Nadine and her husband Phil came in a bit later; we’d saved them seats at our table (alright; it was next to everyone else and it had plenty of empty seats, but that doesn’t sound as nice). This was my first time meeting Nadine in person. It was immediately apparent why she and Jessica work together so well; here is another of those rare people who lives up to their stage presence. Nadine claims to be awkward. In truth, she’s possessed of a deliberate grace; a subtle, gentle yin complement to Jessica’s incisive, fiery yang. Nadine’s smile rarely fades, although it’s often replaced by a wide-eyed expression of childlike wonder.
Danielle opened the evening by introducing the theme: The Evolution of You. Each of the open mic poets were to perform an older poem and a newer poem, representing different stages of their poetic development. Danielle started by reading a poem she had written in 1990. Next, Inez Decker, a slightly older lady with the mien of a school librarian, took the stage and read a poem she had kept in an original Expo ’67 folder. Reflecting on what would have happened if she had come of age in a more recent decade, she said, “I would have been goth! I would have been so goth!”
The following four poets, interspersed with more of Darlene’s performances, shared their own and other’s poems; there was a recurring theme of sexual assault, with the notable exception of Lauryn Kronick’s rousing interpretation of “The Woman Who Loved to Make Vaginas Happy” from The Vagina Monologues.
Before the intermission, Danielle gave out a number of notebooks inscribed with inspirational quotes. Anticipating only a brief break, Sterling and I went outside to enjoy the fresh air. It’s a good thing we did, because we weren’t going to be leaving our seats for at least the next hour.
If I had to describe the character of what Jessica and Nadine bring to the stage, I would call it lounge poetry. The impression is one of jazz singers in a smoke-hazed piano bar; rather, Jessica singing jazz and Nadine singing the blues. This is not something you can afford to miss, if you have the chance to see it.
Thankfully, I don’t have to describe that soul-gripping intensity. I can show you (some explicit verbal content):
As an aside, “Poet’s Revenge” is my favourite piece of Jessica’s—the first poem I ever saw her perform, and the one I always hope she picks for radio appearances (despite the distinct possibility of a CRTC fine). This set, however, is filled with pieces I had not previously seen, ranging from deeply moving to ribald and hilarious, always provocative.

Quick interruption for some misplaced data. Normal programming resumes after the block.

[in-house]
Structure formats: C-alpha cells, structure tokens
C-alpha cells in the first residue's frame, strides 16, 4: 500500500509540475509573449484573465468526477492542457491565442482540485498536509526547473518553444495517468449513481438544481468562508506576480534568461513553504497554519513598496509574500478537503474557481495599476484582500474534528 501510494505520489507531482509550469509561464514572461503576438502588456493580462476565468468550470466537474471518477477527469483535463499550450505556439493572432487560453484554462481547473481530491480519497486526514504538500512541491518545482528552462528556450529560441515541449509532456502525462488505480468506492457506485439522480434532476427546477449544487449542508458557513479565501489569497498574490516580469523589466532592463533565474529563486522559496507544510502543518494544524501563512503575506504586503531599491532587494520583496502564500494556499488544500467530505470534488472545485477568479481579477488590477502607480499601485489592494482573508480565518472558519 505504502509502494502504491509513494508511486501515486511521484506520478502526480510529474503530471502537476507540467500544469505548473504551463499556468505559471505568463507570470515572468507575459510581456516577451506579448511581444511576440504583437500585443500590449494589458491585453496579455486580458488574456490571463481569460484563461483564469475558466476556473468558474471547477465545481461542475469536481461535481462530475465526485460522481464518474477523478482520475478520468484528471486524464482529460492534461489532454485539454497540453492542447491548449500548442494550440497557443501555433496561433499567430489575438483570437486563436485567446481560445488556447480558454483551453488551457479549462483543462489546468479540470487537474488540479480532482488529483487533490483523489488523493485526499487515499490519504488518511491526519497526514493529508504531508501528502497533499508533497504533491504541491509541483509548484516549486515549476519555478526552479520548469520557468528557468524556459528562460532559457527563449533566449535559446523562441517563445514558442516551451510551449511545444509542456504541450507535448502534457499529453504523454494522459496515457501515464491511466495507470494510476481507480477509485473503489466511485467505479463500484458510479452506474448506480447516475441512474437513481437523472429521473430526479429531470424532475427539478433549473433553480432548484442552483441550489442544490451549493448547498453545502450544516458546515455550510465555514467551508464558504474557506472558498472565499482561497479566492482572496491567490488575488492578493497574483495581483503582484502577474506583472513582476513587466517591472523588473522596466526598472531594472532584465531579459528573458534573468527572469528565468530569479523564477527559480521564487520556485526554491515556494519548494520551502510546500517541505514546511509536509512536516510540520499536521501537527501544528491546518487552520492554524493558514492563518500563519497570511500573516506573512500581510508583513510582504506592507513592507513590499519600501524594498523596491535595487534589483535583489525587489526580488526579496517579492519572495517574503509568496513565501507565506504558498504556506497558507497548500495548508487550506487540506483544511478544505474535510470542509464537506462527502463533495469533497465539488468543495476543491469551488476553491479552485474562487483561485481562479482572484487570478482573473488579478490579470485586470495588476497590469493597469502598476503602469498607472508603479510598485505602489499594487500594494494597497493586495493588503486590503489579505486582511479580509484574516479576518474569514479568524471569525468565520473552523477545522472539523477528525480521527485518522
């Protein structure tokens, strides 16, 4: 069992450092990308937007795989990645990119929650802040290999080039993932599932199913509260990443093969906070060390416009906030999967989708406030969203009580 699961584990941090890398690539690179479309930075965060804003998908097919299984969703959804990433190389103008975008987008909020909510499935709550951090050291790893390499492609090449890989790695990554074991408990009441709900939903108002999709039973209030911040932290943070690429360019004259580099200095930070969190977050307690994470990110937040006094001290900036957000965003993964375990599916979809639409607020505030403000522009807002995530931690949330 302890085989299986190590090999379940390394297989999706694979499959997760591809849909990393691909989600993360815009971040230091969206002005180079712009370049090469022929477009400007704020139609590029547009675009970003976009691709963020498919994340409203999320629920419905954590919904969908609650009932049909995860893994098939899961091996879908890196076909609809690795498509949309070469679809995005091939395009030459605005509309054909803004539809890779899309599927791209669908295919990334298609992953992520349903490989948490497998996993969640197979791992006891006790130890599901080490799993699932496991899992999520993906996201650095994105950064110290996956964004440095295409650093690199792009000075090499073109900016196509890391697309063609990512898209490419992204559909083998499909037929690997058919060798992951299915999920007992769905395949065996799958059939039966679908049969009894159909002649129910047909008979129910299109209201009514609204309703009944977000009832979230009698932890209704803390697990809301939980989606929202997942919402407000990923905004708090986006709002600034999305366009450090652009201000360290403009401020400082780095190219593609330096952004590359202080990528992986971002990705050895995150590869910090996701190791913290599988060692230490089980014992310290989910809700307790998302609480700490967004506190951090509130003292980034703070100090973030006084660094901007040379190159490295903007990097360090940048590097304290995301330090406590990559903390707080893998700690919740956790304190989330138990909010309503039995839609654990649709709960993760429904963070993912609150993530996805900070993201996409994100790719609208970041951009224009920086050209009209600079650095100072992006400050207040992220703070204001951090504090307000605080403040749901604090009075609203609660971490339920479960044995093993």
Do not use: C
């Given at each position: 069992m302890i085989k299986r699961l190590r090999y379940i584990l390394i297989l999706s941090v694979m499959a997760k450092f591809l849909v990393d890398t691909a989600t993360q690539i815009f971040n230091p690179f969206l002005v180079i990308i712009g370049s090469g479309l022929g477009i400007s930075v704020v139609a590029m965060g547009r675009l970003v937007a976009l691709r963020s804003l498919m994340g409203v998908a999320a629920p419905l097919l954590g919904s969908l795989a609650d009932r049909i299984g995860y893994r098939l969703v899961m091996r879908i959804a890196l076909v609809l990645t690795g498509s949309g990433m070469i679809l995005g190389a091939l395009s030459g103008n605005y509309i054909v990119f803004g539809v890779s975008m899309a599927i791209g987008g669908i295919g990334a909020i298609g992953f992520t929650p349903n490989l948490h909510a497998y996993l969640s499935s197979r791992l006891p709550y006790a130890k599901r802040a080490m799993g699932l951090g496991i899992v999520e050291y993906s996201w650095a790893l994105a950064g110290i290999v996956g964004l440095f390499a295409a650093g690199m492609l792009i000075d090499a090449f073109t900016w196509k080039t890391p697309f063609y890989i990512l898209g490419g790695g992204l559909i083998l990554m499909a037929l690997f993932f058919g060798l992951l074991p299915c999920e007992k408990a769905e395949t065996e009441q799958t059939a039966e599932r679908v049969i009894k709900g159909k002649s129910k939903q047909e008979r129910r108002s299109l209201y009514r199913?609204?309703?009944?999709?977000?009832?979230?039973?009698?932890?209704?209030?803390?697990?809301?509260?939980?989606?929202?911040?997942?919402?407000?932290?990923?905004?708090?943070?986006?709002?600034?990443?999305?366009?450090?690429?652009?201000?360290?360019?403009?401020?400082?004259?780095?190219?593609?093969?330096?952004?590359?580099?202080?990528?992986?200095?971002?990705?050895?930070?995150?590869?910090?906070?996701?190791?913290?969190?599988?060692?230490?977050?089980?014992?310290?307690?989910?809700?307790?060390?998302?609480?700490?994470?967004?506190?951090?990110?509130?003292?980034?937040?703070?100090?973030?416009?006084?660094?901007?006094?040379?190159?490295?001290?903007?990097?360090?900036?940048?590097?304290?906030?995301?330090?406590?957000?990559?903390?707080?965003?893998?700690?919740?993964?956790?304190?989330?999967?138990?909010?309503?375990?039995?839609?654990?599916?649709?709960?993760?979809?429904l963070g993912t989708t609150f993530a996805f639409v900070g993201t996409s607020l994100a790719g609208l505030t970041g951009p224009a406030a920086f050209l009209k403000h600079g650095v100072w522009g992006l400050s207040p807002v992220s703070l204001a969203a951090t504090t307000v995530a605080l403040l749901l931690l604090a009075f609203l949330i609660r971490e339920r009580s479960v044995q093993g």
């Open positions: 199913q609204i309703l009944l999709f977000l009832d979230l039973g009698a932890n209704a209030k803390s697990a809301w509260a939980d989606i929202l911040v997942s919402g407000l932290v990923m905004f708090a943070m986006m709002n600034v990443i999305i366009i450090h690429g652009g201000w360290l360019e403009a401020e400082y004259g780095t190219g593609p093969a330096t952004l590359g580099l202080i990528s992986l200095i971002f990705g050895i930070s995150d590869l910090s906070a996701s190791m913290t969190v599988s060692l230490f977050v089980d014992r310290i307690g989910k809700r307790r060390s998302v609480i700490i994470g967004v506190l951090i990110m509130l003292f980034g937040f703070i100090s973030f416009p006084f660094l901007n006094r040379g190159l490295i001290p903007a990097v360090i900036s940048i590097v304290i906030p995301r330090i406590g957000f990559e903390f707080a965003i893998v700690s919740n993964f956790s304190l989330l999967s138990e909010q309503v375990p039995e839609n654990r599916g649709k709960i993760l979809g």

Towards the end of their set, Nadine and Jessica gave out Jessica’s own haiku magnets—probably the least secret thing in all of Ottawa is Jessica’s love of haiku—one of which I picked up for my own refrigerator door.
On our way out, I asked Ms. Decker about the Lanark County Live Poets Society, which itself was spearheaded, again, by Danielle. I was particularly curious about gender representation; in Ottawa the spoken word community seems predominantly male (especially if you consider slam poetry), but the highly successful Voices of Venus series proves that there’s an equally significant host of female performers as well. By contrast, there’s only one male member of the Live Poets Society at present. Clearly, many of these poets had used poetry as a vehicle to confront and conquer personal emotional trauma, as a form of catharsis. I found myself wondering if this was merely a result of circumstance, or if there was something more fundamental at work. At any rate, there was a sense of community among the poets that evening, and it lent them strength that they might not otherwise have had.
Since my partner and I were returning to Hintonburg for the night, we (and our remaining sandwiches) switched cars and rode with Nadine and Phil. On the road, I mentioned how, as a parent, how deeply Nadine’s poem about their son had touched me. She proceeded to share the story of taking him home from the hospital; any weariness she might have felt from performing was wiped out by the characteristic sound of a mother talking lovingly of her child. The rest of the way back to Ottawa, we discussed the question of whether the fierce attachment for one’s children fades over time, or whether it remains the same, and parents simply become used to it.
Once we had arrived home, my partner pulled out a couple of old notebooks from a shoebox on a shelf; they were her poetry journals dating back to her high school years. She read some of the poems to me. We were laughing (some of them were downright hilarious), yet she was nervous to read them aloud, even in that private space. I could not help but wonder how much more courage it must have taken for those poets to read some of their most personal poems earlier in the evening.
Or maybe the poetry gave them the courage; like a protective umbrella.
In the words of Jessica and Nadine, “We should all have umbrellas on hand… just in case.”
Jessica Ruano and Nadine Thornhill will be performing the most exquisite adorkable poetry as part of the Dusty Owl Reading Series on May 2.
To borrow a page from Jessica and Nadine’s book, I digress briefly onto the topic of food:
I don’t eat meat or dairy, but my partner does. When I saw that JR’s Downstairs Pub had smoked duck poutine on the menu, I insisted (against absolutely no resistance) that she get it. It passed with flying colours. The smoked duck poutine, alone, is worth the trip to Almonte.
Pack some sandwiches for the drive.
Andrew Snowdon is a theatregoer, concert attendee, and writer living in Lowertown, Ottawa, sandwiched between a MacBook and a typewriter, with a cup of coffee.